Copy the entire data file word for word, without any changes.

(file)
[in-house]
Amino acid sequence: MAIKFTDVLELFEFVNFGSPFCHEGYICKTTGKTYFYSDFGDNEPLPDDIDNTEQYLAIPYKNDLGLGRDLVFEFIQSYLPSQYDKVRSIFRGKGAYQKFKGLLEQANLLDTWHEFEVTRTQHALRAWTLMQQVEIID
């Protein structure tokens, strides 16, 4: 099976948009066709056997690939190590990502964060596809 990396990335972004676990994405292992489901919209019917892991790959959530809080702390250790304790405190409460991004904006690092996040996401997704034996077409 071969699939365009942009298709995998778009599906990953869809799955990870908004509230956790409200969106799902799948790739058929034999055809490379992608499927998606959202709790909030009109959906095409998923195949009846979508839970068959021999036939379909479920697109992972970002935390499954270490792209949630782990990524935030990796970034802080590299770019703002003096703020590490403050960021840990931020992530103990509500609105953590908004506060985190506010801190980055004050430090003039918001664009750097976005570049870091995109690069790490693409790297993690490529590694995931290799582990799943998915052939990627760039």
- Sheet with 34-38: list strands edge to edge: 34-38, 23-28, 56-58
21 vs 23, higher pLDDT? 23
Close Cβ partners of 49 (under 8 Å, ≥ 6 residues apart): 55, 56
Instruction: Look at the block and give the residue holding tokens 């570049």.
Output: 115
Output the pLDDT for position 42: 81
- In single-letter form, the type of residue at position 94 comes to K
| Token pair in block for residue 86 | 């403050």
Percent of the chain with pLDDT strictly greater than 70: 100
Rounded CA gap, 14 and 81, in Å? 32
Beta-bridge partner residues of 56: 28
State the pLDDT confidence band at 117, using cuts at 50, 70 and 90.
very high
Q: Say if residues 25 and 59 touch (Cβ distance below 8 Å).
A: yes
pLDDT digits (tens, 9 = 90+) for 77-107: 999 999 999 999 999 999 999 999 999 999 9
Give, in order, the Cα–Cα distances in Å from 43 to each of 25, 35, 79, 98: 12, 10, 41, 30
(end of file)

[in-house]
Amino acid sequence: MAIKFTDVLELFEFVNFGSPFCHEGYICKTTGKTYFYSDFGDNEPLPDDIDNTEQYLAIPYKNDLGLGRDLVFEFIQSYLPSQYDKVRSIFRGKGAYQKFKGLLEQANLLDTWHEFEVTRTQHALRAWTLMQQVEIID
């Protein structure tokens, strides 16, 4: 099976948009066709056997690939190590990502964060596809 990396990335972004676990994405292992489901919209019917892991790959959530809080702390250790304790405190409460991004904006690092996040996401997704034996077409 071969699939365009942009298709995998778009599906990953869809799955990870908004509230956790409200969106799902799948790739058929034999055809490379992608499927998606959202709790909030009109959906095409998923195949009846979508839970068959021999036939379909479920697109992972970002935390499954270490792209949630782990990524935030990796970034802080590299770019703002003096703020590490403050960021840990931020992530103990509500609105953590908004506060985190506010801190980055004050430090003039918001664009750097976005570049870091995109690069790490693409790297993690490529590694995931290799582990799943998915052939990627760039």
- Sheet with 34-38: list strands edge to edge: 34-38, 23-28, 56-58
21 vs 23, higher pLDDT? 23
Close Cβ partners of 49 (under 8 Å, ≥ 6 residues apart): 55, 56
Instruction: Look at the block and give the residue holding tokens 């570049």.
Output: 115
Output the pLDDT for position 42: 81
- In single-letter form, the type of residue at position 94 comes to K
| Token pair in block for residue 86 | 């403050």
Percent of the chain with pLDDT strictly greater than 70: 100
Rounded CA gap, 14 and 81, in Å? 32
Beta-bridge partner residues of 56: 28
State the pLDDT confidence band at 117, using cuts at 50, 70 and 90.
very high
Q: Say if residues 25 and 59 touch (Cβ distance below 8 Å).
A: yes
pLDDT digits (tens, 9 = 90+) for 77-107: 999 999 999 999 999 999 999 999 999 999 9
Give, in order, the Cα–Cα distances in Å from 43 to each of 25, 35, 79, 98: 12, 10, 41, 30